Fun Facts: Nature’s toothbrush! Eating an apple cleans your teeth. The only apples native to the United States are crabapples. Apples are produced on family farms – there are over 950 family farm orchards in Michigan. October is National Apple Month. October is Cider Month in Michigan.

Nutrition: Apples are a good source for dietary fiber and antioxidants. It is an important source of potasium. See medical uses.

Culinary Uses: Most of these cultivars are bred for eating fresh (dessert apples), though some are cultivated specifically for cooking (cooking apples) or producing cider. Cider apples are typically too tart and astringent to eat fresh, but they give the beverage a rich flavor that dessert apples cannot.

Winter apples, picked in late autumn and stored just above freezing, have been an important food in Asia and Europe for millennia, as well as in Argentina and in the United States since the arrival of Europeans.

Commercially popular apple cultivars are soft but crisp. Modern apples are generally sweeter than older cultivars, as popular tastes in apples have varied over time. Most North Americans and Europeans favor sweet, low acid apples, but tart apples have a strong minority following. Extremely sweet apples with barely any acid flavor are popular in Asia and especially India.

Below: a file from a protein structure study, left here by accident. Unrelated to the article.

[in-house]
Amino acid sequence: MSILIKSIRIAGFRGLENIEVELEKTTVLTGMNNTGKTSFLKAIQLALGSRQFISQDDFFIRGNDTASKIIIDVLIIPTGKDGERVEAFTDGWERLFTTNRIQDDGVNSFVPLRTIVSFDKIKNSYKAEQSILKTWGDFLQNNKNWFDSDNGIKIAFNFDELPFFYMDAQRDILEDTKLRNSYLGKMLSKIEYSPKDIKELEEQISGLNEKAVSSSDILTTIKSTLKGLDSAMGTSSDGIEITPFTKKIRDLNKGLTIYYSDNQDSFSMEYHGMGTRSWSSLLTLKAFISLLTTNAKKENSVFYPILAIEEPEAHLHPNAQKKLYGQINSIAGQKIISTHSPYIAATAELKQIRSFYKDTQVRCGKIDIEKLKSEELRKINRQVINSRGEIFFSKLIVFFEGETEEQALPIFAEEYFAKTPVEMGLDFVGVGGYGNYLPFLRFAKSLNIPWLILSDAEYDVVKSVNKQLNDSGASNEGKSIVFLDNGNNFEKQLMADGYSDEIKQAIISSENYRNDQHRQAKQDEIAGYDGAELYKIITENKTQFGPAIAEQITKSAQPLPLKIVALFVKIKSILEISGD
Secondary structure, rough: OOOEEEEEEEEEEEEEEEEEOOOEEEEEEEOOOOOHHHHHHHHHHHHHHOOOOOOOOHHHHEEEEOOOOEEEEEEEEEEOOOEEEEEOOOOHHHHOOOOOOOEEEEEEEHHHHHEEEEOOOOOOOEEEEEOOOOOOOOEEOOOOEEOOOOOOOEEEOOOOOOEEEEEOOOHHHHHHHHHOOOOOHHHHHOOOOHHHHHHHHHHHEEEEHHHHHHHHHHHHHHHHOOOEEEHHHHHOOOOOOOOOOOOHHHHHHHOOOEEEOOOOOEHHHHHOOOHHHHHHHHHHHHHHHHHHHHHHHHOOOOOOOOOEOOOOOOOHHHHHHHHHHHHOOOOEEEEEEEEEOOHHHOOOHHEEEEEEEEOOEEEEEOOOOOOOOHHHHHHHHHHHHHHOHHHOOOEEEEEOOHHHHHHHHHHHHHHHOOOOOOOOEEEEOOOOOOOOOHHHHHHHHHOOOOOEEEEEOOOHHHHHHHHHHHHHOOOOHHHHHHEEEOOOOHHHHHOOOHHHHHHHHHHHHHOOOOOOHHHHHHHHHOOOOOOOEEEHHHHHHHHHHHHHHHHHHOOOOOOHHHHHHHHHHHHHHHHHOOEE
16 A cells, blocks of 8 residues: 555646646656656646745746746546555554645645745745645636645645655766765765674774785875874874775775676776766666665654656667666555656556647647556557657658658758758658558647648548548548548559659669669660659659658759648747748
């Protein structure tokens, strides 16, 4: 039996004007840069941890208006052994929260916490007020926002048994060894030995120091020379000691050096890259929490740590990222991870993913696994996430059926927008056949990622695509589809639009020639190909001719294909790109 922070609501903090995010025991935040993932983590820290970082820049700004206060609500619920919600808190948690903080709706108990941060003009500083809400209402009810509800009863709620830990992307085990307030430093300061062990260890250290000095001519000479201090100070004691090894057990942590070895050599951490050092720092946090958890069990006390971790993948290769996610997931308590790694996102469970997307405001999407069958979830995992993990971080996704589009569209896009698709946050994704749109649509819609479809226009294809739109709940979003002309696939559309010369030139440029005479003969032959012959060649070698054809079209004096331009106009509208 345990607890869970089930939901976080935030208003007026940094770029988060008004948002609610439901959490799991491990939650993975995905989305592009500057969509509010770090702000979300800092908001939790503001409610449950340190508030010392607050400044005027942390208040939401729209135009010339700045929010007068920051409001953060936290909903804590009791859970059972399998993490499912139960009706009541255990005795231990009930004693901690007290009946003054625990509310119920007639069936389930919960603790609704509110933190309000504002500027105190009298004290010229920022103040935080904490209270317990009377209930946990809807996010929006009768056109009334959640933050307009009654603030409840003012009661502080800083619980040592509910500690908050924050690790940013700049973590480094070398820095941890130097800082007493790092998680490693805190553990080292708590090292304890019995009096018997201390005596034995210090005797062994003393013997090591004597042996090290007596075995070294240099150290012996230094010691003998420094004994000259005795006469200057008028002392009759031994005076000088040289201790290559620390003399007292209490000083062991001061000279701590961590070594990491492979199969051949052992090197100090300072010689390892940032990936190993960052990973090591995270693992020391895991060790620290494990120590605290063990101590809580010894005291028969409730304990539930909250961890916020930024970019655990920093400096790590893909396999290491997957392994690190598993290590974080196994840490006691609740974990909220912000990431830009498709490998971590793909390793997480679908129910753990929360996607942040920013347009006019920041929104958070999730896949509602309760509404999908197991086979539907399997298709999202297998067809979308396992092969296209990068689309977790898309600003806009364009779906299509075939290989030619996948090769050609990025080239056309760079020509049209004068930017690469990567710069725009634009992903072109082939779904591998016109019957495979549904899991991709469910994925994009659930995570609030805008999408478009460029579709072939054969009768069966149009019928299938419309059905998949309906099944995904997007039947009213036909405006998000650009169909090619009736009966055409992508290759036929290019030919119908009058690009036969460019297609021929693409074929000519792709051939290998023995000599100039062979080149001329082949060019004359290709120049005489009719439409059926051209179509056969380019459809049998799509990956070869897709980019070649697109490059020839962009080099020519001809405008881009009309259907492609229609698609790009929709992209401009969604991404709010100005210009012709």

Apples can be canned or juiced. They are milled to produce apple cider (non-alcoholic, sweet cider) and filtered for apple juice. The juice can be fermented to make cider (alcoholic, hard cider),ciderkin, and vinegar. Through distillation, various alcoholic beverages can be produced, such as applejack, Calvados,[54] and apfelwein. Pectin and apple seed oil may also be produced.

Apples are an important ingredient in many desserts, such as apple pie, apple crumble, apple crisp and apple cake. They are often eaten baked or stewed, and they can also be dried and eaten or reconstituted (soaked in water, alcohol or some other liquid) for later use. Puréed apples are generally known as apple sauce. Apples are also made into apple butter and apple jelly. They are also used (cooked) in meat dishes. In the UK, a toffee apple is a traditional confection made by coating an apple in hot toffee and allowing it to cool. Similar treats in the US are candy apples (coated in a hard shell of crystallized sugar syrup), and caramel apples, coated with cooled caramel. Apples are eaten with honey at the Jewish